vt-x problems with MSI ClickBios II and VMWare Workstation
Having decided to have a play with Cisco’s VIRL solution, I’d intended to set it up on an old Laptop that I had laying around, but the requirement for a minimum of 4 CPU Cores, vt-x support (for Hardware assisted Virtualisation) and no less than FIVE Network Interfaces, I decided that I’d be better off using VMWare Workstation instead. VIRL doesn’t run under VirtualBox so VMware it is.. One license purchase later, and I’m merrily installing it on my Core i7 3820 machine, with plenty of RAM, Disk space, under 64-bit Windows 8.1, no problem! or so I thought!
I vaguely remember having issues with VirtualBox and the hosting of 64-bit Guest OS’es before, but since my need at the time wasn’t too specific, I didn’t really spend the time trying to resolve it, but I was surprised to find once installed, that VMWare Workstation 11 was nagging me that a 64-bit guest OS was not supported on my machine. I’d checked the pre-requisites quite carefully.
Of course I Googled, quite extensively, and didn’t find much that described my exact issue. and yes, I checked in my BIOS that the Hardware Virtualisation settings were enabled (they were!); I was definitely running a 64-bit OS, so why would it not work. My CPU, an i7 3820 definitely supported the Virtualisation extensions, but the Intel Processor Identification Utility stubbornly disagreed! My rig is a 2-3 year old custom build from Mesh Computers, based on an MSI X79A-GD45 main board. There should have been no issue with Virtualisation, and there was certainly no issue with running 64-bit Windows on it!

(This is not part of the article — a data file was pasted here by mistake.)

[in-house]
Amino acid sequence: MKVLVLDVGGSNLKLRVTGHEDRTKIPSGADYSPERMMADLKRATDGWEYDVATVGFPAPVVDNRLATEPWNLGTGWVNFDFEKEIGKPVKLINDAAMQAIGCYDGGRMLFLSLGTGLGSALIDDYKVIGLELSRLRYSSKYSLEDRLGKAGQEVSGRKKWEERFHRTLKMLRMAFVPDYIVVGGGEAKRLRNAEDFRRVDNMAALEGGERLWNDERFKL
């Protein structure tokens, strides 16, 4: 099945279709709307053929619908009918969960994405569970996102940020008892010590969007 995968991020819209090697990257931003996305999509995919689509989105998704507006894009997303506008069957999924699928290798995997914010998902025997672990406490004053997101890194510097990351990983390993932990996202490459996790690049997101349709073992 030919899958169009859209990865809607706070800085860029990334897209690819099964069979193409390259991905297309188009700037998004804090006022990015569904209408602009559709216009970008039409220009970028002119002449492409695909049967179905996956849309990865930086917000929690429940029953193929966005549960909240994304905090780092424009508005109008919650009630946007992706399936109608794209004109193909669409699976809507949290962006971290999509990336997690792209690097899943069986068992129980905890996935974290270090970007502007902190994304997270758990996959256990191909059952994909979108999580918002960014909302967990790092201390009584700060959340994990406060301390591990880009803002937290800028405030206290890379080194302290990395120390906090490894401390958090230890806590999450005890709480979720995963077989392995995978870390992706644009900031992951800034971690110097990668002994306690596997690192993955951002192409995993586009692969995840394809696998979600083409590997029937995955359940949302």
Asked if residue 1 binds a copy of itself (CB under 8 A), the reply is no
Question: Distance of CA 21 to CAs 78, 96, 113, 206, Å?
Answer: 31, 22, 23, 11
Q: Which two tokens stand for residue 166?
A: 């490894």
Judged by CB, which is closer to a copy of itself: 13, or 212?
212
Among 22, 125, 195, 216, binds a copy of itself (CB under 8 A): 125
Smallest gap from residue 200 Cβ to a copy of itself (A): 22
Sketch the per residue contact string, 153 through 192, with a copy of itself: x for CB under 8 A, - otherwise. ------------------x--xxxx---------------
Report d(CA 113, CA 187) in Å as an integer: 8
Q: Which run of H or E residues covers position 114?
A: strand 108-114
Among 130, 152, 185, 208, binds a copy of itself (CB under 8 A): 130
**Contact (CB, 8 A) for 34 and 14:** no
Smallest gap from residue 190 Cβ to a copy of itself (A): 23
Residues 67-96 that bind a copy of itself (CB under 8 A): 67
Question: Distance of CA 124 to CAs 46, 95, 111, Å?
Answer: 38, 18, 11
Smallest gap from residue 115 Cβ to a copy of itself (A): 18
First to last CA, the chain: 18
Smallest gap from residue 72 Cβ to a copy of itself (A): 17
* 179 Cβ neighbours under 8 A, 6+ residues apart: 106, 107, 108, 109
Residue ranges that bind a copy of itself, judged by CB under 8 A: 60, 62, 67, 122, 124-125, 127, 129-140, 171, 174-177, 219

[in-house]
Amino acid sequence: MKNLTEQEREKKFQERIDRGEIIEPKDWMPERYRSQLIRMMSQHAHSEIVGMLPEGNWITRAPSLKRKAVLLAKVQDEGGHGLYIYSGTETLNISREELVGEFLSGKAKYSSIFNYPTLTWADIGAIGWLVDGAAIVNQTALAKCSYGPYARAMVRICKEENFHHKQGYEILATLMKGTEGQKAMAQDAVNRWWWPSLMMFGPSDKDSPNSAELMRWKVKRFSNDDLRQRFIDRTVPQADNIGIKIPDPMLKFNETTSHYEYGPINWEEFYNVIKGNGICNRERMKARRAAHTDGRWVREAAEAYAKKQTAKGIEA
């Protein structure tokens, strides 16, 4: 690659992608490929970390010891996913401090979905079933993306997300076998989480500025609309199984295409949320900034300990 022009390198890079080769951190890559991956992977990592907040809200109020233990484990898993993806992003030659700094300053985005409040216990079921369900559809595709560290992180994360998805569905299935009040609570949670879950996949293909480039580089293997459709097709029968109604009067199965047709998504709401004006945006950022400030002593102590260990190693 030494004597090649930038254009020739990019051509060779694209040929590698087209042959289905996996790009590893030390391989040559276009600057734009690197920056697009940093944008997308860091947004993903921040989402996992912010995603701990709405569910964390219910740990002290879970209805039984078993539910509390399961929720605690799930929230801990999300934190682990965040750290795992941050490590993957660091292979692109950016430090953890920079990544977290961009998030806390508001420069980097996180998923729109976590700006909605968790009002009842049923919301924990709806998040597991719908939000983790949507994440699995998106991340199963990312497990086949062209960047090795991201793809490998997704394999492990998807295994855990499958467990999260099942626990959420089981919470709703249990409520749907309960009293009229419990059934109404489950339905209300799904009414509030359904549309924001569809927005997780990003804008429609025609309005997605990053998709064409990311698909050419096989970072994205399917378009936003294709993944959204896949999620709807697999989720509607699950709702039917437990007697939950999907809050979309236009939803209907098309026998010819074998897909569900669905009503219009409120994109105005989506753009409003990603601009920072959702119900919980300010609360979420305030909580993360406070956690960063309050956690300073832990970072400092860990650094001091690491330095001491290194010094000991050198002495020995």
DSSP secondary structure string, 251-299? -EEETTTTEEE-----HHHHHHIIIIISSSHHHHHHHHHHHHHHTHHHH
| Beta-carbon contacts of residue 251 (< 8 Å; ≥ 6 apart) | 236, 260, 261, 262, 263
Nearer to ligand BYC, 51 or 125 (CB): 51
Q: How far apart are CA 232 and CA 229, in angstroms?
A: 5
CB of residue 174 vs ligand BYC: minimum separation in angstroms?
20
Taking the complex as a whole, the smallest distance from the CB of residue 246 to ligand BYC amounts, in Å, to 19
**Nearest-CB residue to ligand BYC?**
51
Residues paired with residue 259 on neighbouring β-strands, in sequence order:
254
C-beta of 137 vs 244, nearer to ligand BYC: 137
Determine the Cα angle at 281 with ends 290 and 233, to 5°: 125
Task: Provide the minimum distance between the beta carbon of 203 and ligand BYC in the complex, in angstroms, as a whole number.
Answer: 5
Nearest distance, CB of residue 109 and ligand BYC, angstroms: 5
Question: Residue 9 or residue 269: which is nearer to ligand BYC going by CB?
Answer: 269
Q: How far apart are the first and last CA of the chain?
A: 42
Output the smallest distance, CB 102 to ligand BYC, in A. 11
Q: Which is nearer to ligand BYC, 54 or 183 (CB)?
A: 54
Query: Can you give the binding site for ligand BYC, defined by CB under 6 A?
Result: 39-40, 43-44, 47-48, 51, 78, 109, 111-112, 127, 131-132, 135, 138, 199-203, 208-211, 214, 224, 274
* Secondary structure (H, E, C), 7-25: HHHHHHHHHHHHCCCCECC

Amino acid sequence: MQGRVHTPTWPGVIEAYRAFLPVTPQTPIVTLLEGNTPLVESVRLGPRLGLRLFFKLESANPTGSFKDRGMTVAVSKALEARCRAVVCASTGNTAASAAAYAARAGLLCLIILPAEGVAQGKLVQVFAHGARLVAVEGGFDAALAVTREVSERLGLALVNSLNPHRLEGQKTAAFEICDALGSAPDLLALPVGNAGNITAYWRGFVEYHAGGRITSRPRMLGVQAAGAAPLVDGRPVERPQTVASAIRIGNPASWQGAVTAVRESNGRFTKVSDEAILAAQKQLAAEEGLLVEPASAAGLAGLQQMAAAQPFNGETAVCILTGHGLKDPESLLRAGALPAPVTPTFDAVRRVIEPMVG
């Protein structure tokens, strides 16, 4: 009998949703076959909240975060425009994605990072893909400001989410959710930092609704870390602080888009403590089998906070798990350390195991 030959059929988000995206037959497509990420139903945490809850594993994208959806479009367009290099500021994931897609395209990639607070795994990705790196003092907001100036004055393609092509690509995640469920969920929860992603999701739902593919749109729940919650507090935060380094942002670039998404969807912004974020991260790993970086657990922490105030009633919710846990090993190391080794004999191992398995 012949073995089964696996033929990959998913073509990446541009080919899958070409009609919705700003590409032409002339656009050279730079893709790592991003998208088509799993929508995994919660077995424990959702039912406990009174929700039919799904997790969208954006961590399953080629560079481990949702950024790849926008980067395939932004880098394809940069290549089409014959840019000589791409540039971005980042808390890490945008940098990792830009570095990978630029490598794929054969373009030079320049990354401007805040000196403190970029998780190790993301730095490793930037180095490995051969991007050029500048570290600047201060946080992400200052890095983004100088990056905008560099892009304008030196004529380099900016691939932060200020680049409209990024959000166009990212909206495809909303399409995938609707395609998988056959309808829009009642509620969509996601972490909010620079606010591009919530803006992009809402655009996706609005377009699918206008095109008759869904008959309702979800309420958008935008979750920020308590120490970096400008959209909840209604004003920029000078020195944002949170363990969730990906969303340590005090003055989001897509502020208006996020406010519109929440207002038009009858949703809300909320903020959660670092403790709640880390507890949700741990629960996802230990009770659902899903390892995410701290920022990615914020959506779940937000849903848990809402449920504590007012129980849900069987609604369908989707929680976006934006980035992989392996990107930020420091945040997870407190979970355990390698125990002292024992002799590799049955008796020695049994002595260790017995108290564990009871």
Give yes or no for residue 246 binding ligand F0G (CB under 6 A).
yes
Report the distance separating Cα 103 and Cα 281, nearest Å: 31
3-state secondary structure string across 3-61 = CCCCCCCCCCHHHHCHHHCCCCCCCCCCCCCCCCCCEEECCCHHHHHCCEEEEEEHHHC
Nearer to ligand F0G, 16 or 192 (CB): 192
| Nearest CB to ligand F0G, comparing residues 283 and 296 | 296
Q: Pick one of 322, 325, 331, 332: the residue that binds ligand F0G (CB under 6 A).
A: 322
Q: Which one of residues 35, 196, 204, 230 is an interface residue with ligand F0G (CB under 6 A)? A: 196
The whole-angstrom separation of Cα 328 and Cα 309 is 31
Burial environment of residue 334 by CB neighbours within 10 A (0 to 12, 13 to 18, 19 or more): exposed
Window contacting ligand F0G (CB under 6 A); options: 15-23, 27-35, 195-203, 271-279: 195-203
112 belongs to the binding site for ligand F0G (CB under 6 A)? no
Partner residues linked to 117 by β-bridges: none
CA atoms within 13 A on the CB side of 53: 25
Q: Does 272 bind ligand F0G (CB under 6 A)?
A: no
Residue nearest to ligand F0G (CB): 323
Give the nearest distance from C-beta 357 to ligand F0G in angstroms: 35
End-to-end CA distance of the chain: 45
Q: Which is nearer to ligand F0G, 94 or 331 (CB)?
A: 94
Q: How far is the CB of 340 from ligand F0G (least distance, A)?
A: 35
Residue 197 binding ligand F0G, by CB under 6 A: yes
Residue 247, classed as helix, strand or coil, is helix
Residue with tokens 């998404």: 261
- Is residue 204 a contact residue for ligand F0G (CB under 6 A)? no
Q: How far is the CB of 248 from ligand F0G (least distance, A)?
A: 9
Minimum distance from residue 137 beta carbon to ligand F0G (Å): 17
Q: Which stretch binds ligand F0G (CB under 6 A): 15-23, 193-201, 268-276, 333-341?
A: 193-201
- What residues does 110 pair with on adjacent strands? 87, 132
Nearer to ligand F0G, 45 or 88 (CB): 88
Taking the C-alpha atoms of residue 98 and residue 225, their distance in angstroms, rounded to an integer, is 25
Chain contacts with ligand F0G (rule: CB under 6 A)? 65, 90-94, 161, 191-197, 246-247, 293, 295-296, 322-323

After much research, I stumbled on an article from VMWare dated December 2008 that suggested that VT-X was often unavailable to normal software if “trusted execution” was enabled. That sent me off in to the ClickBIOS once more as I recalled seeing a setting for an “Execute Disabled Bit” which was ON, so I decided to try turning it off and see what happened. I’ve attached the in-windows screenshot of the BIOS simply because it’s easiest to capture, but the setting was found in the same place at boot time.
It was tucked away under Overclocking Settings, and CPU Features, just before the Intel Virtualisation Tech and VT-D Tech options. Sure enough, disabling this caused VMWare to be quite happy with a 64-bit guest OS, and the Intel CPUID tool also now claimed that I was capable of Virtualisation.
PROBLEM #1 Solved!
Next step will be downloading and installing VIRL itself within a Virtual Machine. That’s a story for another day!